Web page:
An FDA-approved cancer drug improved quality of life for patients with Parkinson’s disease and Lewy body dementia.
The drug, nilotinib (Tasigna), was originally created as treatment for chronic myelogenous leukemia (CML). When given in high enough doses, it forces cancer cells into autophagy, a biological process leading to the death of tumor cells.
However, when given in smaller doses, nilotinib penetrates the blood-brain barrier and triggers neurons to clear toxic intracellular proteins from brain cells. This leads to statistically significant changes in toxic proteins linked to disease progression in Parkinson’s and Lewy body dementia, as well as dramatically improved cognition, motor skills, and non-motor function (such as constipation).
“To my knowledge, this study represents the first time a therapy appears to reverse — to a greater or lesser degree depending on stage of disease — cognitive and motor decline in patients with these neurodegenerative disorders,” Fernando Pagan, MD, director of the Movement Disorders Program at MedStar Georgetown University Hospital, Washington, D.C., said in a statement.
For this small phase I clinical trial, the researchers tested the safety of nilotinib by giving escalating doses (150 to 300 mg daily) to 12 study participants for 6 months. In all 11 participants who completed the trial, nilotinib produced benefit, with 10 participants reporting meaningful clinical improvements. The doses were much lower than the dose given to cancer patients (800 mg daily) and were well tolerated with no serious side effects.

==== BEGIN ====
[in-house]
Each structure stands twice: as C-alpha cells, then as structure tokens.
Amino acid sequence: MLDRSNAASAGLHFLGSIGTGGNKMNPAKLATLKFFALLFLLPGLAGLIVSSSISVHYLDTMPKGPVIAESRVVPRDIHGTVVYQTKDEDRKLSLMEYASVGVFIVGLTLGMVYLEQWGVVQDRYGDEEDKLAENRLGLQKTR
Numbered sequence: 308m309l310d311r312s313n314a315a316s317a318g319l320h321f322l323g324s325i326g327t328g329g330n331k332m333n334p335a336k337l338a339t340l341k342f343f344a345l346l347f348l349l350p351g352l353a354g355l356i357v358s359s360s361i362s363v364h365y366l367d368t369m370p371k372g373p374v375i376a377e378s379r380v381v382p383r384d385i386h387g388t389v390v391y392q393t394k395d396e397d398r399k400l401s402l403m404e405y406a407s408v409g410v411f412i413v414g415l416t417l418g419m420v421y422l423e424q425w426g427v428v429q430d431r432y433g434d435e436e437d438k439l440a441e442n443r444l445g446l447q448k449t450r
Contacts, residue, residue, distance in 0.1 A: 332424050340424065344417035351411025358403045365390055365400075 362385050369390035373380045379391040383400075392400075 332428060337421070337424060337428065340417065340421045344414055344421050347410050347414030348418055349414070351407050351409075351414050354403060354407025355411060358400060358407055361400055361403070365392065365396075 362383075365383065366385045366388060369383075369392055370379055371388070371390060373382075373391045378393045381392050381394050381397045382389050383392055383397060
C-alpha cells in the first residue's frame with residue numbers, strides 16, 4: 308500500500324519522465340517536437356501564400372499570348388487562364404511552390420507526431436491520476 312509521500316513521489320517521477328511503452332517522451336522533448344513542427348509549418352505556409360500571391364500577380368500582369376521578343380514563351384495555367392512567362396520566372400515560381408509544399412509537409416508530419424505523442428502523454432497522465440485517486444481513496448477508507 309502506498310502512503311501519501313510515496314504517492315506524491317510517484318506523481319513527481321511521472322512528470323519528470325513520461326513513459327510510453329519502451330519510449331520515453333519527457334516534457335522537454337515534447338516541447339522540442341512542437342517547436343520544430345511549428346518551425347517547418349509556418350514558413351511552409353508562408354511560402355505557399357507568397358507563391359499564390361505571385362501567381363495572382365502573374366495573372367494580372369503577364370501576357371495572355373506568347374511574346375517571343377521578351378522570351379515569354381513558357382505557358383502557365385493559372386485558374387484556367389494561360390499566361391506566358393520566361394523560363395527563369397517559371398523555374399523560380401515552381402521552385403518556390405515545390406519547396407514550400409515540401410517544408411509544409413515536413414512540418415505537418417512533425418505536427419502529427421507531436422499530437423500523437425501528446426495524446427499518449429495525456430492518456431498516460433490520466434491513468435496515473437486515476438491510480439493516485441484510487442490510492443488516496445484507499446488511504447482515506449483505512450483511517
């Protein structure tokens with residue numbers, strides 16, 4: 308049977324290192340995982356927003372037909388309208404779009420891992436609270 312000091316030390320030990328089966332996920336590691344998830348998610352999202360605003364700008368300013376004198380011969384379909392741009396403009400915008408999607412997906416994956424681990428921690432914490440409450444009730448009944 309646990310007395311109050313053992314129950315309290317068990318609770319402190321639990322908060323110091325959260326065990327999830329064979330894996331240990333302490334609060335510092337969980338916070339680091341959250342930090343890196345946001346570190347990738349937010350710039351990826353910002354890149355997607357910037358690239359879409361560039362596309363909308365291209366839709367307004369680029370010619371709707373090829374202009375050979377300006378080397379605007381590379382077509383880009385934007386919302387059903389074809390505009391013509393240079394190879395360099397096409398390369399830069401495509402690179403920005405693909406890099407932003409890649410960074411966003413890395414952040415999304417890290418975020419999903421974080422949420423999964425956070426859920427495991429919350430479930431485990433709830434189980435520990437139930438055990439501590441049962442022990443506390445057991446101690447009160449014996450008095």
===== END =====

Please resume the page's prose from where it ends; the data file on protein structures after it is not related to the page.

These results should be viewed with caution, as there was no control group for comparison. “It is critical to conduct larger and more comprehensive studies before determining the drug's true impact,” Pagan said.
An FDA-approved drug for leukemia improved cognition, motor skills and non-motor function in patients with Parkinson’s disease and Lewy body dementia in a small phase I clinical trial, report researchers at Georgetown University Medical Center (GUMC) in Washington. In addition, the drug, nilotinib (Tasigna), led to statistically significant and encouraging changes in toxic proteins linked to disease progression (biomarkers).
Complete data will be presented at Neuroscience 2015, the annual meeting of the Society for Neuroscience, in Chicago on Oct. 17.
Charbel Moussa, MD, PhD, who directs Georgetown’s Laboratory of Dementia and Parkinsonism, conducted the preclinical research that led to the discovery of nilotinib for the treatment of neurodegenerative diseases.